The lead story in our broadcast is our most important story of the day. However, importance and relevance can be subjective, so there’s a variety of criteria we can use to identify stories that might qualify.
I think local stories (or stories that directly affect our audience) are often pushed to the top of the show. These stories can beat out those that are nationally important but less relevant to our student body and the local community. This isn’t always the case though, so I think a good rule of thumb is to find a story that affects and relates to the most people watching. Sometimes that will not be local. Again, it just depends on the news of the day.
When working as a teammate producer, the person responsible for assisting the lead producer with videos and graphics, I try to politely mention my suggestions for potential lead stories. I think this input can be beneficial to the lead producer. However, I try not to overstep the boundaries of my role and acknowledge the responsibility falls on the lead producer to decide.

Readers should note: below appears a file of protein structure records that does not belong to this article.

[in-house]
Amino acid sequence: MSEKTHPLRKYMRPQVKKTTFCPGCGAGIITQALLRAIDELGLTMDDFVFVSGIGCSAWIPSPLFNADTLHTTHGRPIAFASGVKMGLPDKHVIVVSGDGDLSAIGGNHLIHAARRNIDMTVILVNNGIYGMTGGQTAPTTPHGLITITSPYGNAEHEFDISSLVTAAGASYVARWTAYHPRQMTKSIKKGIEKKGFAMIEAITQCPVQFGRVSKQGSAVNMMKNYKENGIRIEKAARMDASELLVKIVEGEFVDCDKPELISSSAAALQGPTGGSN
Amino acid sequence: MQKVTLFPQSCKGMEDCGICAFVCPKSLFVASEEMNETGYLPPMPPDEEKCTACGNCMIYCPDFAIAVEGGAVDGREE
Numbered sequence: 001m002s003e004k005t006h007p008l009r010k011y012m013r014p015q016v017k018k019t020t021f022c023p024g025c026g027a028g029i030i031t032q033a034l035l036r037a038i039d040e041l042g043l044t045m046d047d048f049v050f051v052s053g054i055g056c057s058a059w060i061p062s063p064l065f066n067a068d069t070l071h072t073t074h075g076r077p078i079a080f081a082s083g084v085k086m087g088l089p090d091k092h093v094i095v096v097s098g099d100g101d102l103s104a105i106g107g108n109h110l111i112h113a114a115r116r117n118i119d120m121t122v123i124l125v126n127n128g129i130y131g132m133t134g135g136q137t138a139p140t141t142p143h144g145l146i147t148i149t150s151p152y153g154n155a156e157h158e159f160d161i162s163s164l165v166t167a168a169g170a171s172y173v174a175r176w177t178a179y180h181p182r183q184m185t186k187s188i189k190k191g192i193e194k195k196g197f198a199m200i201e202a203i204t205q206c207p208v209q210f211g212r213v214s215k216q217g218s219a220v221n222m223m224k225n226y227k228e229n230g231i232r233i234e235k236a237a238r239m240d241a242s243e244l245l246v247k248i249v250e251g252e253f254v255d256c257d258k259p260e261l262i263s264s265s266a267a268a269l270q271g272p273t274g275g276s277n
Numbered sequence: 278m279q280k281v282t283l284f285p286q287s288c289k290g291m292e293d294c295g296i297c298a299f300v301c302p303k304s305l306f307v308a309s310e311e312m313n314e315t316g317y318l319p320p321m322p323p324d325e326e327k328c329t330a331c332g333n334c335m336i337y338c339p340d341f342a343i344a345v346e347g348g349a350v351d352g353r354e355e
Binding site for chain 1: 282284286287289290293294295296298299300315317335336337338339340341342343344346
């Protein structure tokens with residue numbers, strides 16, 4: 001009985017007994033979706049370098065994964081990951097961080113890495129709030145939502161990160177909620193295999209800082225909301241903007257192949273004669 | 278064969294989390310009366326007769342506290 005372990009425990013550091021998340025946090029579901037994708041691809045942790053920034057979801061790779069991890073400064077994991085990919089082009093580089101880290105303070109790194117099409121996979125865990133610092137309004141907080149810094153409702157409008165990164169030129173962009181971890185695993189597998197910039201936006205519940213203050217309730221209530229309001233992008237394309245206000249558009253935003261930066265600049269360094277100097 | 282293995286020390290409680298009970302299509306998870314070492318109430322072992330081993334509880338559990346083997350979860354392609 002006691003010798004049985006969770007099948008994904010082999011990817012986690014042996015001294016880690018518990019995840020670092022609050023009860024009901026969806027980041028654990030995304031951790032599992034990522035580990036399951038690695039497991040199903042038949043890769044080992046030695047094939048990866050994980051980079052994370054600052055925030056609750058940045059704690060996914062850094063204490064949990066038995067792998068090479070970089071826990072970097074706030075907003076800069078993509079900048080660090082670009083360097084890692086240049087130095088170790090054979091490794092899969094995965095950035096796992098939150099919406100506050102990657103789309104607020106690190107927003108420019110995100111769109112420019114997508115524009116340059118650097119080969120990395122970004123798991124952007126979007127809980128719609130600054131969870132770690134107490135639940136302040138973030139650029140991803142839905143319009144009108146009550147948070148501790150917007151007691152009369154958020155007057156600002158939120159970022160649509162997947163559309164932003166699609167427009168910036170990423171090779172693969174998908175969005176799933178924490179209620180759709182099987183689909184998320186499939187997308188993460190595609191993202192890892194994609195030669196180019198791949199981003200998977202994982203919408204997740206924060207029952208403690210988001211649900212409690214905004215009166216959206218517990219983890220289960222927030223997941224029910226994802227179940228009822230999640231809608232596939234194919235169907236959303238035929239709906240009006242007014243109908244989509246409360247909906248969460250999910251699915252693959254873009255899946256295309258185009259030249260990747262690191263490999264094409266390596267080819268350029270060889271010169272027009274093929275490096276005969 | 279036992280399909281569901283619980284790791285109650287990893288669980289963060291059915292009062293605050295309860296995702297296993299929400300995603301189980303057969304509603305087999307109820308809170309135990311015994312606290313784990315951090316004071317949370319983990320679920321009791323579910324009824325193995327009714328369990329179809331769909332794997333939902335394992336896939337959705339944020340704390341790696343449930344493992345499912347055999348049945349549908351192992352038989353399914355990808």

That said, I think we can do more to encourage other journalists in the newsroom to come forward with their opinions about the lead story. This is not something we’ve stressed before now. Yet as the individuals in our newsroom cycle in and out throughout the day, we’re given a diverse pool of individuals to bounce ideas off of. Talking with the various multimedia journalists could help us decide which stories mean the most to our immediate community. This practice could also help our journalists feel more ownership of our newscasts.
While the lead story can occasionally be an obvious choice, the decision is often much more ambiguous than meets the eye. And while having a checklist can help narrow the options, oftentimes you just have to go with your gut.